Question: How much effort should be bring to our meditation practice? Zen teachers sometimes speak of “effortless effort” and to “just sit” when meditating. How hard should we be trying when meditating?
Bhante G: When it comes to meditation, your effort should not be haphazard or blind. It’s a committed effort. Before you even start, you should consider: “Is this the right moment for me to practice?” Suppose it’s a busy time; the TV is blaring somewhere, people are running around. No matter how hard you try, you can’t seem to do the practice. So you have to understand the situation, you have to be mindful of when to sit.
But once you’ve chosen the place and time to practice, by all means, apply every ounce of effort to overcome laziness, drowsiness, restlessness, worry and so on. These are very common, ordinary obstacles. In Buddhism, we call them “hindrances,” since they hinder our progress. When hindrances arise, we shouldn’t be lazy. We shouldn’t think, “Well, this is just way too hard. I’m wasting my time. This stuff always comes up and blocks me when I try to meditate. I give up.” You must encourage yourself and always renew your effort at sitting. You might tell yourself: “I can do this. This is possible. I can overcome my sleepiness, I can work with this restless mind. I see other people who have learned how to do this. I can do this myself.” So you must exert yourself, you must try to shake yourself awake and tell yourself: “Hey, you! Don’t chicken out of this!”
As for “effortless effort,” well, that’s a lazy man’s advice. There is no such thing as effortless effort. Things don’t come to us just like air. On the other hand, laziness, drowsiness, lust, greed—they come to us very naturally! Good things often don’t come to us naturally. We have them in us by our nature, but we must work hard to arouse them. The trouble is that our mind is like water. Water always finds its way down to the lowest place. In a similar way, our mind tends to drag us down into the lower state of things—to base ideas, lazy practices, the easy way out. Yet if we head that way, we’ll end up going down the drain from all the rubbish in the mind! So we must turn up the volume on our effort. We repeat the same thing, again and again and again, until we achieve it. We bring commitment to our meditation practice, in spite of whatever happens in any one sitting.
There are really three stages of effort. In Pāli, the first stage is called arambhadhatu. That means the “element of beginning.” When you read an inspiring book about meditation or have an inspiring discussion with a friend or teacher on Buddhist practice, you may become enthusiastic and start meditating right away. Yet a few weeks or months later, your effort may wane. You slide right back into the same old, same old. How do you avoid that?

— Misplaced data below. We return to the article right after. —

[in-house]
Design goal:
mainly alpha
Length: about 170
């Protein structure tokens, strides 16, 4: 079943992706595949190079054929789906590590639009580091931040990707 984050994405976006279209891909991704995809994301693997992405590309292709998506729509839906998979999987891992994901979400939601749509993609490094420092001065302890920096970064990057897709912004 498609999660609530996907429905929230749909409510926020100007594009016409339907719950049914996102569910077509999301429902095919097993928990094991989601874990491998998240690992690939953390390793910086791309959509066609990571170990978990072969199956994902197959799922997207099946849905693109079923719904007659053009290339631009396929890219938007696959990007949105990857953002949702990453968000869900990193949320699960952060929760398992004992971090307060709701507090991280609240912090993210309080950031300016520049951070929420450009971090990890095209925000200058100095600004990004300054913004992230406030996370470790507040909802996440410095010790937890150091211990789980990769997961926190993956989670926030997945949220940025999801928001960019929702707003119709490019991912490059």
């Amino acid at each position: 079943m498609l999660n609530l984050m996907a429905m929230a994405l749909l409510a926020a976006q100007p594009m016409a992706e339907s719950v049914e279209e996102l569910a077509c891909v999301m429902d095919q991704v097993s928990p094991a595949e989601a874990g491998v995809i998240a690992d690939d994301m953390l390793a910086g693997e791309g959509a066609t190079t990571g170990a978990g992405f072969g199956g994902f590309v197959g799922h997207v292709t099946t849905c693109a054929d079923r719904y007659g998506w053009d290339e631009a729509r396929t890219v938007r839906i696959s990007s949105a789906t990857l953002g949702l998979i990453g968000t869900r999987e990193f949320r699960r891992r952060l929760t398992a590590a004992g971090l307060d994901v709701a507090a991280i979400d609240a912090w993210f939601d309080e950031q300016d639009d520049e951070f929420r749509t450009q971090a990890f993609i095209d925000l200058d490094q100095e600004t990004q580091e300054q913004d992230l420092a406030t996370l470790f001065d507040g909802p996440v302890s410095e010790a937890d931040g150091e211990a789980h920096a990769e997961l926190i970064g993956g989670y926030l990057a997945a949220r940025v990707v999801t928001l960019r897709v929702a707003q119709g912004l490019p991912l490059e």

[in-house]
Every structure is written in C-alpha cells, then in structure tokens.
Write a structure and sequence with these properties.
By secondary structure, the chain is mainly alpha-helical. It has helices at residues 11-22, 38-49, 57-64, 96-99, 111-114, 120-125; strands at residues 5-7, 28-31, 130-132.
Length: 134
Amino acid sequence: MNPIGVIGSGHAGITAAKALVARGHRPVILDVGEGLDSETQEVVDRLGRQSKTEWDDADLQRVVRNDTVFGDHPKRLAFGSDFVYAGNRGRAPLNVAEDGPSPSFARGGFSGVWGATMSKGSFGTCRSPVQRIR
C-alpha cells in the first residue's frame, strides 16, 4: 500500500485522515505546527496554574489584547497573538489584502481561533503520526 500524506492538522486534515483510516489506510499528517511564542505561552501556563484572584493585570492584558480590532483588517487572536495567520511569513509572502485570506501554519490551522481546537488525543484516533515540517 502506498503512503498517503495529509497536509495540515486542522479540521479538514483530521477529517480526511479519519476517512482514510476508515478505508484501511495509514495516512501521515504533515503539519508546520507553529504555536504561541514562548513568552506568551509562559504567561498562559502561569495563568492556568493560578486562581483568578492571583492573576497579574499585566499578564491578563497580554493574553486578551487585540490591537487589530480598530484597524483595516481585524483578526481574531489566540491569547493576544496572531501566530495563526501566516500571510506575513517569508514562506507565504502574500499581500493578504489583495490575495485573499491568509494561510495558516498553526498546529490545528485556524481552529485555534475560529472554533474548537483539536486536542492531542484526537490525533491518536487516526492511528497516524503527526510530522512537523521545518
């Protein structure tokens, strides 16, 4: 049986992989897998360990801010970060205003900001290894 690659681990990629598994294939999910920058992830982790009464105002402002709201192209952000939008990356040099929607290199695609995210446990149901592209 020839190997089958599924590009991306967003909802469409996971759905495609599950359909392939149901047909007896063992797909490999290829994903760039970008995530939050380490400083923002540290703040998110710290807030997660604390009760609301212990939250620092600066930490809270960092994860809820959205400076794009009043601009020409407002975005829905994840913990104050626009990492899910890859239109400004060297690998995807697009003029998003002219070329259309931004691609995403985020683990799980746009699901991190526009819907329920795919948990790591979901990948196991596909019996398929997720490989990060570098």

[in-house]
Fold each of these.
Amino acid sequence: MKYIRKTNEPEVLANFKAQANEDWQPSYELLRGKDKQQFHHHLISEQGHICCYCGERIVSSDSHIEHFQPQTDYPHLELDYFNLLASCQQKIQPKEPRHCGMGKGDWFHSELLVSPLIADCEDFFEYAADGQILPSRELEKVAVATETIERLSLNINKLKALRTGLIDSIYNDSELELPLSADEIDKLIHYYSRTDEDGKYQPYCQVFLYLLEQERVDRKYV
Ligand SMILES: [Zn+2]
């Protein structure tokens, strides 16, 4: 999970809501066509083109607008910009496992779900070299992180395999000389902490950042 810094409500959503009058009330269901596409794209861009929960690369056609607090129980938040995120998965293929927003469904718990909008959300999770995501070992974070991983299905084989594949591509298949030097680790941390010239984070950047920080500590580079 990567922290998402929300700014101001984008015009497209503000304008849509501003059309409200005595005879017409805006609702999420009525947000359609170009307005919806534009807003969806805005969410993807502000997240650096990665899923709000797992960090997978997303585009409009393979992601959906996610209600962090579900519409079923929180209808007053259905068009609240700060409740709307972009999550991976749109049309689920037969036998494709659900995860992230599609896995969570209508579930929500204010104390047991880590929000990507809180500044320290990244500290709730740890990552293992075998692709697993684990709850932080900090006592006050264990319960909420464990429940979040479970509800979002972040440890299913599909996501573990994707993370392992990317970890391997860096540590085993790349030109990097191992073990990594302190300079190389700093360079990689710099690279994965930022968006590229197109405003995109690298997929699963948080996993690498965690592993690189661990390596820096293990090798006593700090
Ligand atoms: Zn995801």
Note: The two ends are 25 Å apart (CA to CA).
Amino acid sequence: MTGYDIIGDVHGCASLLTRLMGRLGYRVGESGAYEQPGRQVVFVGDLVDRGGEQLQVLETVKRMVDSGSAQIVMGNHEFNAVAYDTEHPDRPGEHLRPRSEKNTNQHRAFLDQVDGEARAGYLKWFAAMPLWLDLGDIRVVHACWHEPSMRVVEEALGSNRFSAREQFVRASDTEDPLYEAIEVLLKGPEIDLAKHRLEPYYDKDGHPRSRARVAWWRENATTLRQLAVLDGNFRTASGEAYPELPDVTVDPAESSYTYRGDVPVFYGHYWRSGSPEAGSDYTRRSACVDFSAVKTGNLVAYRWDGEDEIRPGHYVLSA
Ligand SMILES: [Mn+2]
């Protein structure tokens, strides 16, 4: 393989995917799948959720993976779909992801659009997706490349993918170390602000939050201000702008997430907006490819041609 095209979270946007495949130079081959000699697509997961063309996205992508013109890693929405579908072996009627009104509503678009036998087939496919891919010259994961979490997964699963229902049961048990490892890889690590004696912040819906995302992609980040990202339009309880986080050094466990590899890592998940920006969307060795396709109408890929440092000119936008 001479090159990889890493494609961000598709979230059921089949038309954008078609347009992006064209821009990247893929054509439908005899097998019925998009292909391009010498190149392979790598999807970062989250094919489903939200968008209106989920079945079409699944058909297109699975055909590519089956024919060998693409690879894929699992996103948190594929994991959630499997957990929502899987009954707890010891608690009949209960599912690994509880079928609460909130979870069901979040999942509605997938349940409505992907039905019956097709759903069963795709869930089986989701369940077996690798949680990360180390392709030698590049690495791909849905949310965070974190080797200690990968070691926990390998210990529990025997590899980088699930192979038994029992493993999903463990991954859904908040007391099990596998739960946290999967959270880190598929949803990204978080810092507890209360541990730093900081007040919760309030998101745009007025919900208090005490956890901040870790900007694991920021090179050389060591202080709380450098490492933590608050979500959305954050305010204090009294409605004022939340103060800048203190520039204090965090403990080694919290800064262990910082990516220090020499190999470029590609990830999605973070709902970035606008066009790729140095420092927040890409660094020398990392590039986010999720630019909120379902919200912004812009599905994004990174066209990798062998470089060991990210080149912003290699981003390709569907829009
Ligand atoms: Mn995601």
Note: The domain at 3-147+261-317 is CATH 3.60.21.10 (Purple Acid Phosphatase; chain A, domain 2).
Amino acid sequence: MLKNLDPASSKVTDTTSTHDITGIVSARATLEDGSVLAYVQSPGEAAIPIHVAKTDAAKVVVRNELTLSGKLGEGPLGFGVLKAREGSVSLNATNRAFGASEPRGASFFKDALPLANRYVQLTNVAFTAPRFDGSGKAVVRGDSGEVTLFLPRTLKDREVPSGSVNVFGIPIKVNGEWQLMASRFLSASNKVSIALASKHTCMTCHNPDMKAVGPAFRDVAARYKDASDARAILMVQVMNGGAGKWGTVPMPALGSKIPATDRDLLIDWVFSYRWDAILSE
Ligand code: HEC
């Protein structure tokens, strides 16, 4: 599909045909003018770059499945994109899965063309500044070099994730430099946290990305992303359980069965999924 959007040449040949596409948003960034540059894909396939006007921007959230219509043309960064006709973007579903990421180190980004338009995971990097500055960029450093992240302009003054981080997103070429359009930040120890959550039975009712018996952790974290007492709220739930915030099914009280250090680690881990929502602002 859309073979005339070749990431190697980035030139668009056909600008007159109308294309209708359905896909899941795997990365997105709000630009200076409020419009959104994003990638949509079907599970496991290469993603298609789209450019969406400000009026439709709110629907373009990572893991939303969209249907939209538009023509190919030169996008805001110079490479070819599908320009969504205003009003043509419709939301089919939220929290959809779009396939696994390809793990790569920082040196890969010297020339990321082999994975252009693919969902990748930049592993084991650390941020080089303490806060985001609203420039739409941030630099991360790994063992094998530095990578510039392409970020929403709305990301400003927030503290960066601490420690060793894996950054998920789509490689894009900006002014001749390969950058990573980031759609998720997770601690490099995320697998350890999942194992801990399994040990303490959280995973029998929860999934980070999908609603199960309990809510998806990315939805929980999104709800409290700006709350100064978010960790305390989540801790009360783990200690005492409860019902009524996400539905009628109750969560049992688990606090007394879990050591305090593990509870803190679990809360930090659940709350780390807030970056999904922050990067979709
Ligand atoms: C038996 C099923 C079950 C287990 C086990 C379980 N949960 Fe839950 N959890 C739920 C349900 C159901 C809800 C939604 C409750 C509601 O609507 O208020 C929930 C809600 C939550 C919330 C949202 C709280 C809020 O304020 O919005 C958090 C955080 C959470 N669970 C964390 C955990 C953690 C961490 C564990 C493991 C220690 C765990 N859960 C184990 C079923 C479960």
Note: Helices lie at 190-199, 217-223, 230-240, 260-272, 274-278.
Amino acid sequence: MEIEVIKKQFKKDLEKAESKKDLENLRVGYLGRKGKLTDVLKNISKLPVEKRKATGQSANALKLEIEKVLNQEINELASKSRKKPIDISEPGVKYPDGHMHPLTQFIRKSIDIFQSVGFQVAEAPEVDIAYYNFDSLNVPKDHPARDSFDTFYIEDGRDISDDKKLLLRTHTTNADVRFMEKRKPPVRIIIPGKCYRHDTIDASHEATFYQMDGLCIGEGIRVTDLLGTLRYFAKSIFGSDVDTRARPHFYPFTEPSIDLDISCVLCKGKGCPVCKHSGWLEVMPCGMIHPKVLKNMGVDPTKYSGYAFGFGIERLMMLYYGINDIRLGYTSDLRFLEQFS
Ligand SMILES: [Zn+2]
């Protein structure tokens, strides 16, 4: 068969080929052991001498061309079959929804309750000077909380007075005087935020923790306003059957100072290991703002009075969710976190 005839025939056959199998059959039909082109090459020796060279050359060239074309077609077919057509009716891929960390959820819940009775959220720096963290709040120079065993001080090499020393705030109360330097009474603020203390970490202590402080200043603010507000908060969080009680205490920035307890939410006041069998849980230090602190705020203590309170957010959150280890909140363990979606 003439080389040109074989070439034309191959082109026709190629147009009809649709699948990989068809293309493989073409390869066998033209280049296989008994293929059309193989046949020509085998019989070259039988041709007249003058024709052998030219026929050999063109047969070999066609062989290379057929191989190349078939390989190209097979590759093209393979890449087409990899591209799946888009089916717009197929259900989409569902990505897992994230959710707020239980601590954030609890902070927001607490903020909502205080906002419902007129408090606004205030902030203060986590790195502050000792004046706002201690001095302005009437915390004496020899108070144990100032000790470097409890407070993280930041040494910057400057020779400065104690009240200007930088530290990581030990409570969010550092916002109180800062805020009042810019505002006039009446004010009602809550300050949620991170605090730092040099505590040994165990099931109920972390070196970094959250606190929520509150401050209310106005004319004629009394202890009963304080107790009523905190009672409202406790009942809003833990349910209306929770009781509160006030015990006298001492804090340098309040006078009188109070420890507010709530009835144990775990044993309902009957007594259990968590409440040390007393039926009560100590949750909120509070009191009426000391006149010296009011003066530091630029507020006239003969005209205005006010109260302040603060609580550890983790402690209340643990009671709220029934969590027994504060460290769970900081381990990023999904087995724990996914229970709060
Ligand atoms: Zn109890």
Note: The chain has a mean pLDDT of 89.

That’s where the second stage of effort comes in: nikkamadhatu. That essentially means “proceeding” with your effort. You stick to it, you work at your meditation practice with dedication and regularity. Even then, you can become lazy or may waver in your resolve. Then you have to play your last card. You have to give yourself a pep talk, but also be firm with yourself: “This is it! I won’t budge from this cushion even if my back is killing me! OK, so I’m restless—I’ve seen that before. Alright, now my knees hurt—I’ve experienced that, too. I can sit through this. I can work with this. Reduce me to a skeleton and still I won’t budge!” That is the third kind of effort called parakkkamadhatu. “Parak” is valor. In the armed forces, you are encouraged to bring valor and bravery to your work. Meditators also need that kind of effort.
Sometimes people come here to the Bhāvanā Society with all good intentions to meditate. They book a place months in advance and come to stay for a week, or two weeks, or a month. Then a few days later, they tell me: “Um, Bhante, I have to go. I forgot I had to get back because I have this job to do and….” Or you may experience an inspiring meditation retreat, return home and start practicing. Weeks or months later, your resolve may waver in establishing a daily practice. Remind yourself: You can do this. See the example of your teachers and fellow meditators. Seek out the support of sitting groups, attend retreats regularly. Really, it comes down to this: When you take the time to practice, when you make that commitment, stick to it with all the energy you can muster.
Pāli Quotation: Āraddhaviriyassāyaṃ dhammo nāyaṃ dhammo kusītassa. (AN. Vol. 4,3)
Translation: This dhamma is for one who is energetic, not for one who is lazy.
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